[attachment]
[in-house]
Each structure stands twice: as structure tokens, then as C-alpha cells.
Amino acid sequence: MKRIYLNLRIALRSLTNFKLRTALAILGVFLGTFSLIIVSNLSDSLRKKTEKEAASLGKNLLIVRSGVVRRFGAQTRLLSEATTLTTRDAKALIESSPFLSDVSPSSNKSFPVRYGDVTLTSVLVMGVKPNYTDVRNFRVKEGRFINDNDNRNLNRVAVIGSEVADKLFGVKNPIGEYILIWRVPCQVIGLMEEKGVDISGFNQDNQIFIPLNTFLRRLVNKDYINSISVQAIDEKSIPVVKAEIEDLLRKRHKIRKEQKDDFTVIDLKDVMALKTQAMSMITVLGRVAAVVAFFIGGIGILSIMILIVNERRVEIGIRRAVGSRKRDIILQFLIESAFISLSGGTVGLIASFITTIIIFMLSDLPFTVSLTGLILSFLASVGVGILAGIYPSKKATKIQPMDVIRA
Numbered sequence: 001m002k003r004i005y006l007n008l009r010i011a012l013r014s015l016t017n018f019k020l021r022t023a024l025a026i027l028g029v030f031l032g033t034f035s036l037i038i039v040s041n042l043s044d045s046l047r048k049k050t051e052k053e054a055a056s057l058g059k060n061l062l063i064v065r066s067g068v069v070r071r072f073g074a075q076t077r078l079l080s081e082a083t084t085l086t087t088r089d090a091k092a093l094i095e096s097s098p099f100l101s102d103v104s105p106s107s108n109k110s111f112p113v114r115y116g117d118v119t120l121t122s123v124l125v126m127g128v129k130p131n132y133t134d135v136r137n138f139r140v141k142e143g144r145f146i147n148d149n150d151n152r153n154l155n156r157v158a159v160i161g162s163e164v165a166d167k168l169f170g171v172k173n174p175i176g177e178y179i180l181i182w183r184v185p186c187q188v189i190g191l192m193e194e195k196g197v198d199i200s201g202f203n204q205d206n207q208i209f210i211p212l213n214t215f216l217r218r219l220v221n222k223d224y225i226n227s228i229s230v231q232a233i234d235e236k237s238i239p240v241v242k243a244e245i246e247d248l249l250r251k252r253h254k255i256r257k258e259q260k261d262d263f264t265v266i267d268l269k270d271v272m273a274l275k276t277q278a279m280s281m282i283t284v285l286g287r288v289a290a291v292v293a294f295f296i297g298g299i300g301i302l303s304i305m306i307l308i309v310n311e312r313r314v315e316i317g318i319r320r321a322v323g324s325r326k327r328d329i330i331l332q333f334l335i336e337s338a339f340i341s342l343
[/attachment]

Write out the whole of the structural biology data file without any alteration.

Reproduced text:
[in-house]
Each structure stands twice: as structure tokens, then as C-alpha cells.
Amino acid sequence: MKRIYLNLRIALRSLTNFKLRTALAILGVFLGTFSLIIVSNLSDSLRKKTEKEAASLGKNLLIVRSGVVRRFGAQTRLLSEATTLTTRDAKALIESSPFLSDVSPSSNKSFPVRYGDVTLTSVLVMGVKPNYTDVRNFRVKEGRFINDNDNRNLNRVAVIGSEVADKLFGVKNPIGEYILIWRVPCQVIGLMEEKGVDISGFNQDNQIFIPLNTFLRRLVNKDYINSISVQAIDEKSIPVVKAEIEDLLRKRHKIRKEQKDDFTVIDLKDVMALKTQAMSMITVLGRVAAVVAFFIGGIGILSIMILIVNERRVEIGIRRAVGSRKRDIILQFLIESAFISLSGGTVGLIASFITTIIIFMLSDLPFTVSLTGLILSFLASVGVGILAGIYPSKKATKIQPMDVIRA
Numbered sequence: 001m002k003r004i005y006l007n008l009r010i011a012l013r014s015l016t017n018f019k020l021r022t023a024l025a026i027l028g029v030f031l032g033t034f035s036l037i038i039v040s041n042l043s044d045s046l047r048k049k050t051e052k053e054a055a056s057l058g059k060n061l062l063i064v065r066s067g068v069v070r071r072f073g074a075q076t077r078l079l080s081e082a083t084t085l086t087t088r089d090a091k092a093l094i095e096s097s098p099f100l101s102d103v104s105p106s107s108n109k110s111f112p113v114r115y116g117d118v119t120l121t122s123v124l125v126m127g128v129k130p131n132y133t134d135v136r137n138f139r140v141k142e143g144r145f146i147n148d149n150d151n152r153n154l155n156r157v158a159v160i161g162s163e164v165a166d167k168l169f170g171v172k173n174p175i176g177e178y179i180l181i182w183r184v185p186c187q188v189i190g191l192m193e194e195k196g197v198d199i200s201g202f203n204q205d206n207q208i209f210i211p212l213n214t215f216l217r218r219l220v221n222k223d224y225i226n227s228i229s230v231q232a233i234d235e236k237s238i239p240v241v242k243a244e245i246e247d248l249l250r251k252r253h254k255i256r257k258e259q260k261d262d263f264t265v266i267d268l269k270d271v272m273a274l275k276t277q278a279m280s281m282i283t284v285l286g287r288v289a290a291v292v293a294f295f296i297g298g299i300g301i302l303s304i305m306i307l308i309v310n311e312r313r314v315e316i317g318i319r320r321a322v323g324s325r326k327r328d329i330i331l332q333f334l335i336e337s338a339f340i341s342l343